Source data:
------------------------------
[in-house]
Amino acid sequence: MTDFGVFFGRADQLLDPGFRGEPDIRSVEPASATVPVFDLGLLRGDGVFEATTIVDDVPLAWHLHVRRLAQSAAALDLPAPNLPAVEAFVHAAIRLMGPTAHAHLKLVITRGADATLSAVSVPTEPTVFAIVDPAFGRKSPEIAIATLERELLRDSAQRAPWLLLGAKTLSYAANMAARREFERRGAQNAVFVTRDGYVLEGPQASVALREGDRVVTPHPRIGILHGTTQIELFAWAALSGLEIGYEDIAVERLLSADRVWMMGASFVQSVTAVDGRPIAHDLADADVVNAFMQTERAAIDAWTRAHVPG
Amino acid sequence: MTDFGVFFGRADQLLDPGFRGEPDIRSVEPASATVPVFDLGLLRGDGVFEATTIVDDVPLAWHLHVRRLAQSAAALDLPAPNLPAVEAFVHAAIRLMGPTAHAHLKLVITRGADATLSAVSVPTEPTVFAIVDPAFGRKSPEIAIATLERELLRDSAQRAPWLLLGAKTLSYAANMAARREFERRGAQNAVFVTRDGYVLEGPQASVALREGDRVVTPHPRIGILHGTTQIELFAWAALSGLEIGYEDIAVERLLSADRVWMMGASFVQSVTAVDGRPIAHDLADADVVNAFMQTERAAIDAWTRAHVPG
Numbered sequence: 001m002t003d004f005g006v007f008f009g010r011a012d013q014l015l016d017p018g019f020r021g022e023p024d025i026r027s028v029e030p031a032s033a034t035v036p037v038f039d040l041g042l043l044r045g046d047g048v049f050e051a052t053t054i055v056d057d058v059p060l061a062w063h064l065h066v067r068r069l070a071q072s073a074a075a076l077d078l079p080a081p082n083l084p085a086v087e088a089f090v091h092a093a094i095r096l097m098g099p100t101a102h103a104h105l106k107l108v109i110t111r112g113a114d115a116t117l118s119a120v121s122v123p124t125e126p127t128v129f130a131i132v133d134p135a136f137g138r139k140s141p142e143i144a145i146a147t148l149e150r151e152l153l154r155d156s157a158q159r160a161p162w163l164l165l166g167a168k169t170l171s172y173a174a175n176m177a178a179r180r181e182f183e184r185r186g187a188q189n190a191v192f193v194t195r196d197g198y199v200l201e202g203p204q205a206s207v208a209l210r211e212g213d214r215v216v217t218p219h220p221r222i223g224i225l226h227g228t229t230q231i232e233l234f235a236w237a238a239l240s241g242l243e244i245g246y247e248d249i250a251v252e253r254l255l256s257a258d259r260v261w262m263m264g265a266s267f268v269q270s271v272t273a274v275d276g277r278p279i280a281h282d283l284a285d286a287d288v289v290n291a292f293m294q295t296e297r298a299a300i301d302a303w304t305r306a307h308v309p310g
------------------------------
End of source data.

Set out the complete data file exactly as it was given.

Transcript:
[in-house]
Amino acid sequence: MTDFGVFFGRADQLLDPGFRGEPDIRSVEPASATVPVFDLGLLRGDGVFEATTIVDDVPLAWHLHVRRLAQSAAALDLPAPNLPAVEAFVHAAIRLMGPTAHAHLKLVITRGADATLSAVSVPTEPTVFAIVDPAFGRKSPEIAIATLERELLRDSAQRAPWLLLGAKTLSYAANMAARREFERRGAQNAVFVTRDGYVLEGPQASVALREGDRVVTPHPRIGILHGTTQIELFAWAALSGLEIGYEDIAVERLLSADRVWMMGASFVQSVTAVDGRPIAHDLADADVVNAFMQTERAAIDAWTRAHVPG
Amino acid sequence: MTDFGVFFGRADQLLDPGFRGEPDIRSVEPASATVPVFDLGLLRGDGVFEATTIVDDVPLAWHLHVRRLAQSAAALDLPAPNLPAVEAFVHAAIRLMGPTAHAHLKLVITRGADATLSAVSVPTEPTVFAIVDPAFGRKSPEIAIATLERELLRDSAQRAPWLLLGAKTLSYAANMAARREFERRGAQNAVFVTRDGYVLEGPQASVALREGDRVVTPHPRIGILHGTTQIELFAWAALSGLEIGYEDIAVERLLSADRVWMMGASFVQSVTAVDGRPIAHDLADADVVNAFMQTERAAIDAWTRAHVPG
Numbered sequence: 001m002t003d004f005g006v007f008f009g010r011a012d013q014l015l016d017p018g019f020r021g022e023p024d025i026r027s028v029e030p031a032s033a034t035v036p037v038f039d040l041g042l043l044r045g046d047g048v049f050e051a052t053t054i055v056d057d058v059p060l061a062w063h064l065h066v067r068r069l070a071q072s073a074a075a076l077d078l079p080a081p082n083l084p085a086v087e088a089f090v091h092a093a094i095r096l097m098g099p100t101a102h103a104h105l106k107l108v109i110t111r112g113a114d115a116t117l118s119a120v121s122v123p124t125e126p127t128v129f130a131i132v133d134p135a136f137g138r139k140s141p142e143i144a145i146a147t148l149e150r151e152l153l154r155d156s157a158q159r160a161p162w163l164l165l166g167a168k169t170l171s172y173a174a175n176m177a178a179r180r181e182f183e184r185r186g187a188q189n190a191v192f193v194t195r196d197g198y199v200l201e202g203p204q205a206s207v208a209l210r211e212g213d214r215v216v217t218p219h220p221r222i223g224i225l226h227g228t229t230q231i232e233l234f235a236w237a238a239l240s241g242l243e244i245g246y247e248d249i250a251v252e253r254l255l256s257a258d259r260v261w262m263m264g265a266s267f268v269q270s271v272t273a274v275d276g277r278p279i280a281h282d283l284a285d286a287d288v289v290n291a292f293m294q295t296e297r298a299a300i301d302a303w304t305r306a307h308v309p310g